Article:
The art in this book is black and white, and is rather well done.  The artist clearly has an affinity for Jeff Lemire’s shading style.  Sometimes the line work came across as unfinished, but that could be because this was a PDF format from the publisher and not the finished comic.  The only other critique is that there was a lot of ink on the board, and I’m not sure it added anything special to the art.

Overall, absolute fun story and good art.  Give this series a read.

Check it out here.

Ratings: 3.5 out 5

Paper Cuts: 1/30/17

 

Richard Corben’s Shadows on the Grave #2 (Dark Horse)

This book still stands out with beautiful black and white, classic horror style art.

The first issue’s strength were the chapters coming before the main overarching tale. This issue’s strength came from the ongoing and absolutely terrifying and brutal art of the Cyclops monster.

This book is for any fan of classic horror art or films like Jason and the Argonauts.

Ratings: 3 out of 5

 

Norman: The First Slash #2 (Titan)

Norman is a series imported from Europe about an 8-year-old serial killer.  It is a blend of Dexter and Invader Zim.  The premise and art lends itself to be something you would see on an Adult Swim line up.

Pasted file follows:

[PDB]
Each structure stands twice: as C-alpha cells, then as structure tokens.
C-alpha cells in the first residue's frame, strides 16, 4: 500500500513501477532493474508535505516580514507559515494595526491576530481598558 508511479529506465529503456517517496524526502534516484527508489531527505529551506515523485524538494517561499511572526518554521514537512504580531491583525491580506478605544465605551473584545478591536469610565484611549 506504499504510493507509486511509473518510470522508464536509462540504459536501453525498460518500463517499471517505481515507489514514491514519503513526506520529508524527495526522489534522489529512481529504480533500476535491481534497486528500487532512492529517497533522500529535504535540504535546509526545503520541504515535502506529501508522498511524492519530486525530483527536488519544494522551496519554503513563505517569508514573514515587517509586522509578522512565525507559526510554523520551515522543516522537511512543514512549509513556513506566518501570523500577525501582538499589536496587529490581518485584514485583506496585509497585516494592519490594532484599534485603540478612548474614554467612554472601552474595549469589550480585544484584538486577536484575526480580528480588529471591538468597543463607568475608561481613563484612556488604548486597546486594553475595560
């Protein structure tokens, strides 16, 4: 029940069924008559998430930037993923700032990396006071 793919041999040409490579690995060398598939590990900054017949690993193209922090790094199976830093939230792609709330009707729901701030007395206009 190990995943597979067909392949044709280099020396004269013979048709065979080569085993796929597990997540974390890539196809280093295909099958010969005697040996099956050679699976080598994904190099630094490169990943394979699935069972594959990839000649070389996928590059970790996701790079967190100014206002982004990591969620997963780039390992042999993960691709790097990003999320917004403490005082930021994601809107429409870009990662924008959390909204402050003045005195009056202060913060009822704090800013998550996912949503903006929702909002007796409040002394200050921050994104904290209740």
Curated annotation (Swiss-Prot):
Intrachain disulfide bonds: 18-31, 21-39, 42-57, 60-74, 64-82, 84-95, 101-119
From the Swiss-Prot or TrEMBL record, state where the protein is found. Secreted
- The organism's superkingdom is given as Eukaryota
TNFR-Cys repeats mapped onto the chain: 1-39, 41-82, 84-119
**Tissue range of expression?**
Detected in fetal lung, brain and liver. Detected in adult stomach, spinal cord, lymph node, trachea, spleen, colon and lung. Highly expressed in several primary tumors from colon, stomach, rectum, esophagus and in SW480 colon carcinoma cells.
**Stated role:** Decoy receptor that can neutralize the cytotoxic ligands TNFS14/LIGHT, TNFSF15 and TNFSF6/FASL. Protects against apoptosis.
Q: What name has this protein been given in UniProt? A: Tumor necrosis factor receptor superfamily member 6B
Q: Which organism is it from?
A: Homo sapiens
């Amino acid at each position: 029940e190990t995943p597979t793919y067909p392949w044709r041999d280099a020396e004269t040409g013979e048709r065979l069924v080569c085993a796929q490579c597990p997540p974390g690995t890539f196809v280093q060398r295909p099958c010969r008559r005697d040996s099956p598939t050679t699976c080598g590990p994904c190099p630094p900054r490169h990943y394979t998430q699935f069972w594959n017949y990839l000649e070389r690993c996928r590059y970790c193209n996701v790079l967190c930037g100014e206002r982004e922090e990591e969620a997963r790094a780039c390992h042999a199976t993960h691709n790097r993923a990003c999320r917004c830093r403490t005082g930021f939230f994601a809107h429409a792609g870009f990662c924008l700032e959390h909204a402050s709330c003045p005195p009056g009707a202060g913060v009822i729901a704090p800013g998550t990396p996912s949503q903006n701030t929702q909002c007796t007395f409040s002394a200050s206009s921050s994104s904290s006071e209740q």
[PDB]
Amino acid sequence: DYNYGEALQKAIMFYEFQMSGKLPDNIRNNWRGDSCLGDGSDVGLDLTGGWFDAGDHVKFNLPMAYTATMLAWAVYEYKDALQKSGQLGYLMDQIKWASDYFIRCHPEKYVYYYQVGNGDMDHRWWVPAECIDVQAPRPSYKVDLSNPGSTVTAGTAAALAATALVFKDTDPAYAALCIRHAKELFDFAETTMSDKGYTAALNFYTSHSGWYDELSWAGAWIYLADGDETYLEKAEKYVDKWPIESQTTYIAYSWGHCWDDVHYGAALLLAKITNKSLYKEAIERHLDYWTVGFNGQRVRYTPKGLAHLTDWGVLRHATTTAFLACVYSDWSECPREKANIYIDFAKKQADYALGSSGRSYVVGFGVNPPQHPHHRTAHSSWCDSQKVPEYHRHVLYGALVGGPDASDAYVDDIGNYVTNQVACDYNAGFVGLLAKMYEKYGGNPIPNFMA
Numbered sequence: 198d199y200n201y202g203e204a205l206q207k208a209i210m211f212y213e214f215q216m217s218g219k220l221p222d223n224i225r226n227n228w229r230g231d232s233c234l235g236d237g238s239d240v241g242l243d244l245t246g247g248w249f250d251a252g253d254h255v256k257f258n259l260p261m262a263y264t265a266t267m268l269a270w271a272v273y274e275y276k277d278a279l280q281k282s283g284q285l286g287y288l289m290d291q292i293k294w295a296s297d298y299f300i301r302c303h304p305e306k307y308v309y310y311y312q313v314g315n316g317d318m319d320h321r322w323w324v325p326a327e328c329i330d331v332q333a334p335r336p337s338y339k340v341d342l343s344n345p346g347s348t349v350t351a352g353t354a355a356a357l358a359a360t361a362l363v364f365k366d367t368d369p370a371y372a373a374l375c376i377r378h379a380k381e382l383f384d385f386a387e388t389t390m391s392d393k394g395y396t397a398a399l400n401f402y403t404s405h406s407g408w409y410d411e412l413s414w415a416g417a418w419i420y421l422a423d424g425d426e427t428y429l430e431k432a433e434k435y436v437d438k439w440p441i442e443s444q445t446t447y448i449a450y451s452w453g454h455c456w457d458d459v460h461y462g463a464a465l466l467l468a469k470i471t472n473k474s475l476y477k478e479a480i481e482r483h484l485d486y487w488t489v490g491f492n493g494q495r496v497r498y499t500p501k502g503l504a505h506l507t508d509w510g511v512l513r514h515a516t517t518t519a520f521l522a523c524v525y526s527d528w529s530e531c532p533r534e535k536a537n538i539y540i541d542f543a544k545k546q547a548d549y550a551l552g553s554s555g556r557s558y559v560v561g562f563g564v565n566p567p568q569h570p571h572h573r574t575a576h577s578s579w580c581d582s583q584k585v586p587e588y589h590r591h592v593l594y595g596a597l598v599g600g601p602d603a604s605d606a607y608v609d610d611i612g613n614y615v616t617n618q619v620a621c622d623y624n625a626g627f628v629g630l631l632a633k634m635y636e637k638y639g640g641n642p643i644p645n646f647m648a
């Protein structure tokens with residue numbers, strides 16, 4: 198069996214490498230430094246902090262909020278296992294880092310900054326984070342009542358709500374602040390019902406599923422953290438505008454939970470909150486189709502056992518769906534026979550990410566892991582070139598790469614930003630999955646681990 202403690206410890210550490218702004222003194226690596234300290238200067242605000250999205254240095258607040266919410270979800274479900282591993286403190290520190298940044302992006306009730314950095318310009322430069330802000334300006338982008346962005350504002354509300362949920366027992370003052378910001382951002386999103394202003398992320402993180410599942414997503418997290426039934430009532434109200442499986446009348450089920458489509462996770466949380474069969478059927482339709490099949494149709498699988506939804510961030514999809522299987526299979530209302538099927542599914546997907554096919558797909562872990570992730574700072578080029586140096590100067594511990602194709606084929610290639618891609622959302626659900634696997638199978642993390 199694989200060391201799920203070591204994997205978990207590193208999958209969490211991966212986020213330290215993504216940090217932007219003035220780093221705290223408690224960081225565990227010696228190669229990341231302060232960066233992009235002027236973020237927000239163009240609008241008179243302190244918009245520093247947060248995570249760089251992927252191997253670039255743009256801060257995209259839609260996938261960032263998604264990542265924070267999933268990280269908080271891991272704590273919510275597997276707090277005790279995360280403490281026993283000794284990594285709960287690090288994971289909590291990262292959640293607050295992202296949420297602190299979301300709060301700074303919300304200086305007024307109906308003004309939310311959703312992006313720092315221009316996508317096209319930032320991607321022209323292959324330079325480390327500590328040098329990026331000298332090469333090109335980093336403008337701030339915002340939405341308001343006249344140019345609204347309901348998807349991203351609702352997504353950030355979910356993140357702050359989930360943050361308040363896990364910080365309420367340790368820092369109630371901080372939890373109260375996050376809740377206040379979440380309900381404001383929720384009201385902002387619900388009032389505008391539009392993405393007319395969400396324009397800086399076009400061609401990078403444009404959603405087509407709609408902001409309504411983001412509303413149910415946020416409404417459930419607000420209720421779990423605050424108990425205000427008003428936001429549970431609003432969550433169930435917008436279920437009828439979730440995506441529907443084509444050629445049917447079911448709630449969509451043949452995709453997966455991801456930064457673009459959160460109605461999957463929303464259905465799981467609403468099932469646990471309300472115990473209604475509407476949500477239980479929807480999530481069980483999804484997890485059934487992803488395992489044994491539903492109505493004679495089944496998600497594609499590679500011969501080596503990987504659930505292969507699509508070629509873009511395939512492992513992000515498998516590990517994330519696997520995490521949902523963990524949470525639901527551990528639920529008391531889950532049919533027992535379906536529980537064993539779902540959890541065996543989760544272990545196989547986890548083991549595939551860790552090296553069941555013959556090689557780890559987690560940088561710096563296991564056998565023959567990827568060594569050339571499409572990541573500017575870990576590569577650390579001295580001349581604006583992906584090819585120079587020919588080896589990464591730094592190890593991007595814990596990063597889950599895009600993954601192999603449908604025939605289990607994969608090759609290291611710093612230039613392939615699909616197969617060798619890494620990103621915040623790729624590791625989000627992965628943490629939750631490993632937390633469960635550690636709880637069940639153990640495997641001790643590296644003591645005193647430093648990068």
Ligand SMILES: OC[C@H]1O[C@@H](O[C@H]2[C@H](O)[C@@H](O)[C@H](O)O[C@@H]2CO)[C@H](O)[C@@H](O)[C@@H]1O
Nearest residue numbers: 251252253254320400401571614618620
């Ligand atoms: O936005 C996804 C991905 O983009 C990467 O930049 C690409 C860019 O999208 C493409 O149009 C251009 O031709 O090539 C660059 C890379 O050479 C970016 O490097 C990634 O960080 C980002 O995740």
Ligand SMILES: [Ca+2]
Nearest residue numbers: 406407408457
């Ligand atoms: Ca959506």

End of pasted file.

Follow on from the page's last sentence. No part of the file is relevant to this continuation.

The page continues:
Overall, the book is a lot of fun with bright colors that really keep the book light-hearted and humorous despite the subject matter.

The only critique is that before learning this book was translated, the dialogue felt off and I believe that is because the first language was not English, but it was still very enjoyable overall.

If you never read any of the European Editions of this series, you can hop on with issue #1 of The First Slash and be fine.

Ratings: 3 out of 5

Die Kitty Die #4 (Chapter House)

The arc finished and I still cannot say enough good things about this series.

It was my favorite mini-series of 2016.  While issue #4 was a little less tongue-in-cheek and a little more adult, it still was extremely enjoyable.  The pinups and fake ads in this issue make this a must pick up for any comic art enthusiast.

I am looking forward to the next installment: Die, Kitty, Die: Hollywood or Bust, arriving in May 2017. Make sure to pre-order!

Ratings: 4 out 5

White #2 (1First Comics / Devil’s Due)

One of the strengths of this book may actually be the digital format.  The storyboard format helps build the suspense of what lurks in the water below.

On top of the sharks circling below our main character, there is another mystery happening which compels you to keep reading and wondering what is happening.

Sharks and comics are hard, but this series is really nailing it.

Ratings: 4.5 out of 5

Quick Cuts:

Hook Jaw #1 (Titan) was released, and, after reading White, it fell just a little flat.  It felt more like a Jaws: The Revenge or Deep Blue Sea.  Enjoyable, but missing some suspense.

Nailbiter #28 from Image Comics came out last week. It was another fantastic issue. The series is wrapping up with issue #30 and if you have not jumped on at this point, now is not the time to do it.  Check out the first trade for $10 on Amazon or at your local comic shop.  Be on the lookout while we try and celebrate the series once it has concluded!